Title

Trust, Social Networks, and Homelessness in Suburban Los Angeles

Date of Award

5-2016

Document Type

Thesis

First Advisor

Rebecca Overmyer-Velazquez

Abstract

At the start of 2014, The United States reportedly had 578,424 people experiencing homelessness. In 2015, there were 44,359 people experiencing homelessness in Los Angeles County alone. This study seeks to understand the function of social networks in the daily lives of people experiencing homelessness in suburban areas with high rates of homelessness. Research was conducted in a suburban city just outside of Los Angeles. It uses primarily ethnographic methods, including field observations and interviews to understand the ways social capital and recovery capital work in the lives of people experiencing homelessness; as well as what kinds of relationships they have with each other and with “support networks”, which are crucial to transitioning out of homelessness, as well as coping with day-to-day life. It is important to note that much of the research focus thus far has been on youths and substance abusers who are already in shelters. With the focus on demographically similar groups, these studies lack the understanding of the interactions between members of these groups. Additionally, research has predominantly been conducted in urban areas, excluding the experience of suburban homelessness. Matching the literature, findings include the cultivation of resourceful relationships which have resulted in access to services, as well as the utilization of social networks to enhance self-esteem. My research also draws attention to a concept I call “trust networks” which are comprised of people with whom trust is implicated and safety of belongings is presumed. While these networks have the potential to relieve certain stressors, they do not reach every person in the community; because of this, there is a constant risk of belongings being stolen, causing a good deal of stress on people experiencing homelessness. Ultimately this study provides an understanding of the social lives of those that experience homelessness in our communities; and the ways in which social networks can aid the alleviation of homelessness as a social problem; but are not necessarily aiding in the transition into housing.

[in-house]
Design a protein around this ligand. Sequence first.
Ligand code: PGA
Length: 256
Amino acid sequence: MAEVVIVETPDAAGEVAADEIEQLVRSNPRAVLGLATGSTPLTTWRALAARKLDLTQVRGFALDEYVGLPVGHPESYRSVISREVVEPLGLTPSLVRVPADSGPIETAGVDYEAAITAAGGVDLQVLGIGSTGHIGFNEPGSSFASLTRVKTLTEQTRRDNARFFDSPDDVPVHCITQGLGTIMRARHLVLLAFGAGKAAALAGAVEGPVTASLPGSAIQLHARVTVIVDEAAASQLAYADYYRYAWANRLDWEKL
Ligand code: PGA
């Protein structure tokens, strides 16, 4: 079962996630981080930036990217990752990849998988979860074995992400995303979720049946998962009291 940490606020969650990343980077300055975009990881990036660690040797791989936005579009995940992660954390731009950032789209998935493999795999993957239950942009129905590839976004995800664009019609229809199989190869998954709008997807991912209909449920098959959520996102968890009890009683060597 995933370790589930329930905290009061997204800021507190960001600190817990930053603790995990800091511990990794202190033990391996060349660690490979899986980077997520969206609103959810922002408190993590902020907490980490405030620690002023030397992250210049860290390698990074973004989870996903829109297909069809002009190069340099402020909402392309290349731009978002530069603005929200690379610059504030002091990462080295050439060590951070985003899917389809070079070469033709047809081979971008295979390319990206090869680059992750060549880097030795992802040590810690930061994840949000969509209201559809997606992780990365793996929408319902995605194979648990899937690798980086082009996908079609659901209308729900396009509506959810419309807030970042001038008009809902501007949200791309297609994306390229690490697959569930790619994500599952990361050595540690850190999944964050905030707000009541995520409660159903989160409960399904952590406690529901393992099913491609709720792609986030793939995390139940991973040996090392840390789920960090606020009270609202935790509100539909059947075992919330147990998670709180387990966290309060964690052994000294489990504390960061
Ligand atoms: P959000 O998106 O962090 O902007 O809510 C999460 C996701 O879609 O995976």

Comments

Access to this thesis is limited to the Whittier College community. Contact library@whittier.edu for additional information.

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